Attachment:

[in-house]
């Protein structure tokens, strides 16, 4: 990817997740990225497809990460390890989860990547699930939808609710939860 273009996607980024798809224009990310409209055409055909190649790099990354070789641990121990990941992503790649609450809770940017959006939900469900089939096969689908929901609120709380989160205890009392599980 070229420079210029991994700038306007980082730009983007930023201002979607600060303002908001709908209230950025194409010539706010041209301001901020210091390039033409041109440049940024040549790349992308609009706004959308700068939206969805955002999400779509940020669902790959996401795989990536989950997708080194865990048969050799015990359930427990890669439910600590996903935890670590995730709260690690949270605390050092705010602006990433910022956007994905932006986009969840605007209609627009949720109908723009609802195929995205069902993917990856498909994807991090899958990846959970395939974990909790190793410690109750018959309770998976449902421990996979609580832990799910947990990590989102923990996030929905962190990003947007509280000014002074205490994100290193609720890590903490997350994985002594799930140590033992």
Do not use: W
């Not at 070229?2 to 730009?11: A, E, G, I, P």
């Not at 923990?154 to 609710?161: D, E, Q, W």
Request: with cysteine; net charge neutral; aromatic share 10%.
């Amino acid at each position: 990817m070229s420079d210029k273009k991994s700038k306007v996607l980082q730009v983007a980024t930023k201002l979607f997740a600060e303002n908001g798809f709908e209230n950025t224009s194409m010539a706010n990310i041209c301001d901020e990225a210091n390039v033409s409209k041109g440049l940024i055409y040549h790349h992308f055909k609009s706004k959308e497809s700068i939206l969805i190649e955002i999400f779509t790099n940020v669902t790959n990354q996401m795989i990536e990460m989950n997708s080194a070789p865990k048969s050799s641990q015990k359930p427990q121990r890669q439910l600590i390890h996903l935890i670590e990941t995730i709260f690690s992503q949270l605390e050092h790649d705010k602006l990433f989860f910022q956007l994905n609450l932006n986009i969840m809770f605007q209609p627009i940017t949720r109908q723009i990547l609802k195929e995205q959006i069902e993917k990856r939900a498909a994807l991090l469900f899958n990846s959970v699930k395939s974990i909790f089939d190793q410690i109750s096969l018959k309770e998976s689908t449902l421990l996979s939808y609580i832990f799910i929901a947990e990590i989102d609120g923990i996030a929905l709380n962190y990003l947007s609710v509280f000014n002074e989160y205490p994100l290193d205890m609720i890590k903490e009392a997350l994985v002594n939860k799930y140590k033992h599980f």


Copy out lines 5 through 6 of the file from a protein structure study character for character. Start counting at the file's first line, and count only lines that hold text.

């Not at 923990?154 to 609710?161: D, E, Q, W």
Request: with cysteine; net charge neutral; aromatic share 10%.